Bitcoin has continued to trade within a tight range around $10,500 since yesterday morning’s break down in price from $11,000.
The world’s largest cryptocurrency, which now commands a market capitalisation of $193 billion, remains bullish from a macro perspective despite lower time frames beginning to indicate a further correction.
Bitcoin’s current level is vitally important as this was a point of resistance on numerous occasions since an initial rejection last October.
It took 10 months for Bitcoin to finally break above $10,500, with the rally being extended to as far as $12,500.
If it can continue closing daily and weekly candles above $10,500, it would demonstrate that it is currently a key level of support, which will most likely provide a platform for a bounce back into the $11,000 region in the coming weeks.
It’s also worth noting that the amount of recent buys in the $9,800 region coincide with the daily 200 exponential moving average (EMA), which has been a key level of support and resistance throughout the history of Bitcoin price action.
While the daily relative strength index (RSI) had been printing bearish divergence against Bitcoin’s price in August, it seems to have levelled out now into a neutral zone.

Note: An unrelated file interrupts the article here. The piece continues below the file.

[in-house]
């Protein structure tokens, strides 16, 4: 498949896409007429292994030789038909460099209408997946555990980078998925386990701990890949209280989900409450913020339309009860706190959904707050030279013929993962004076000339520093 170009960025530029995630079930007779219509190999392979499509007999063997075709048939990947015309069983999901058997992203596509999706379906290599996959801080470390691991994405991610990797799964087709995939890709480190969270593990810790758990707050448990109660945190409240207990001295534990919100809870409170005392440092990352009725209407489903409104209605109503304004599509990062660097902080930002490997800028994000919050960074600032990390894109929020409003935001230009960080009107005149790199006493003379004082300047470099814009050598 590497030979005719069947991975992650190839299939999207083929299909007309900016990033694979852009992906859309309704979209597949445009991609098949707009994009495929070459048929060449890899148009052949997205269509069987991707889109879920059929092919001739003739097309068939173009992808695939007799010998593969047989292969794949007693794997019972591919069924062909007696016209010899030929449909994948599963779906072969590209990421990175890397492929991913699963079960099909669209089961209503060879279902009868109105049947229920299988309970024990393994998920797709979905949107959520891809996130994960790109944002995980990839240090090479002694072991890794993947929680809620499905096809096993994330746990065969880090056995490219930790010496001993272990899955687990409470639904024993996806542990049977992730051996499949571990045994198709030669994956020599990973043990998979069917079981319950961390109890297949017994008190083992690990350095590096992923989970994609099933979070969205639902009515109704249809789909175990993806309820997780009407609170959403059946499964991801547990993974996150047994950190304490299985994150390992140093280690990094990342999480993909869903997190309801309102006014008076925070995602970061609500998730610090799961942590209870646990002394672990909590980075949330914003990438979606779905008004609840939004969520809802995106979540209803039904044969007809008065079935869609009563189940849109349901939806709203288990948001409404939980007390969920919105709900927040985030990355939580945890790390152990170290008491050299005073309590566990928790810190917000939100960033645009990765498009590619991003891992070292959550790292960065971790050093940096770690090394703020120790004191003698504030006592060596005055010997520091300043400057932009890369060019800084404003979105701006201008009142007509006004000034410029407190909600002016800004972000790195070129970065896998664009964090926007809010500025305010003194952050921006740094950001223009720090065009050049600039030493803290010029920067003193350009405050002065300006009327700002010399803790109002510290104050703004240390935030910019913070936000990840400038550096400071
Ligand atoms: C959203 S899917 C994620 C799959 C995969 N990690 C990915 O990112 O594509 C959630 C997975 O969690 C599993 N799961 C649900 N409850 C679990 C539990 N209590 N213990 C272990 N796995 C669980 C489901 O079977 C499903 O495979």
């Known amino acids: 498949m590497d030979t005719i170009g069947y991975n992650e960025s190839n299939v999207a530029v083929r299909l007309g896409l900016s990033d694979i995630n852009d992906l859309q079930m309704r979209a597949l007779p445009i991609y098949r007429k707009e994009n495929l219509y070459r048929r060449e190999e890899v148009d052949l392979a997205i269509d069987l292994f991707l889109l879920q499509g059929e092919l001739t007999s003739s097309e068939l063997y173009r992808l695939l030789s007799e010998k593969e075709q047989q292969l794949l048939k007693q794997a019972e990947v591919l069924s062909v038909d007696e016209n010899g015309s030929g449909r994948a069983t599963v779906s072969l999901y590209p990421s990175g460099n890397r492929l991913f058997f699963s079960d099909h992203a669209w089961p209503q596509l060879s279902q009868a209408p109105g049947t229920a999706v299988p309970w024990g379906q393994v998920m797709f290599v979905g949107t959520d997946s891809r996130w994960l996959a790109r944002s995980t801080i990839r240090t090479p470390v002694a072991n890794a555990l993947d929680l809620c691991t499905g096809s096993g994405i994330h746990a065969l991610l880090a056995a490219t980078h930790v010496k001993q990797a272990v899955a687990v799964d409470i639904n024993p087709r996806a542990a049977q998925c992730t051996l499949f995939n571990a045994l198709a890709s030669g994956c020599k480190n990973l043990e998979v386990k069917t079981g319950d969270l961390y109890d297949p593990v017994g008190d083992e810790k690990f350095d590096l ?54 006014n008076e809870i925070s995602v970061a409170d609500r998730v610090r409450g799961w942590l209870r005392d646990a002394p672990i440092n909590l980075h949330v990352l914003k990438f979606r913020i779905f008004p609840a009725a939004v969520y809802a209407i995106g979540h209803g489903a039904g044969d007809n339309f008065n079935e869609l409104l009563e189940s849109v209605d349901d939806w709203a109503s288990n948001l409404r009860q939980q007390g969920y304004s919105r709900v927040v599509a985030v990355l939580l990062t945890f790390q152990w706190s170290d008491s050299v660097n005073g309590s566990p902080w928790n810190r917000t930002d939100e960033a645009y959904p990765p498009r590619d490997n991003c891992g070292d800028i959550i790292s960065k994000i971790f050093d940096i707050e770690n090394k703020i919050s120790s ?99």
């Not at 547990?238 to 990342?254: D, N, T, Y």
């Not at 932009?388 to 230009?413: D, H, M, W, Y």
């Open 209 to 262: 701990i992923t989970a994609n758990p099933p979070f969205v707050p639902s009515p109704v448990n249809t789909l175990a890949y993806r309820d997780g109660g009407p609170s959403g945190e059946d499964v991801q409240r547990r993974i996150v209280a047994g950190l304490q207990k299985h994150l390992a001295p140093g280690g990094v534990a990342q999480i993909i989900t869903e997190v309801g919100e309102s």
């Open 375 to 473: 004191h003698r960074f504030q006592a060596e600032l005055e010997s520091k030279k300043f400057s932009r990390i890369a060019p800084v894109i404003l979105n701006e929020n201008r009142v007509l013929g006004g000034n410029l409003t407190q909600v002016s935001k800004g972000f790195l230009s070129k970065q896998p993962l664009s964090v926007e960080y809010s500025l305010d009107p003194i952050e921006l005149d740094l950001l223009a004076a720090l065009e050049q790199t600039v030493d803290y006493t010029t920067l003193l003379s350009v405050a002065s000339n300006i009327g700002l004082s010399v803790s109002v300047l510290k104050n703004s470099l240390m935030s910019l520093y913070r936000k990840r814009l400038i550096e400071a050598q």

Bitcoin bulls will be hoping that a delayed impact from this summer’s halving event will have a part to play in its trajectory this winter, which will mark three years since its previous all-time high of $20,000.
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In August 2008, the domain name bitcoin.org was registered. On 31st October 2008, a paper was published called “Bitcoin: A Peer-to-Peer Electronic Cash System”. This was authored by Satoshi Nakamoto, the inventor of Bitcoin. To date, no one knows who this person, or people, are.
The paper outlined a method of using a P2P network for electronic transactions without “relying on trust”. On January 3 2009, the Bitcoin network came into existence. Nakamoto mined block number “0” (or the “genesis block”), which had a reward of 50 Bitcoins.
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Disclaimer: The views and opinions expressed by the author should not be considered as financial advice.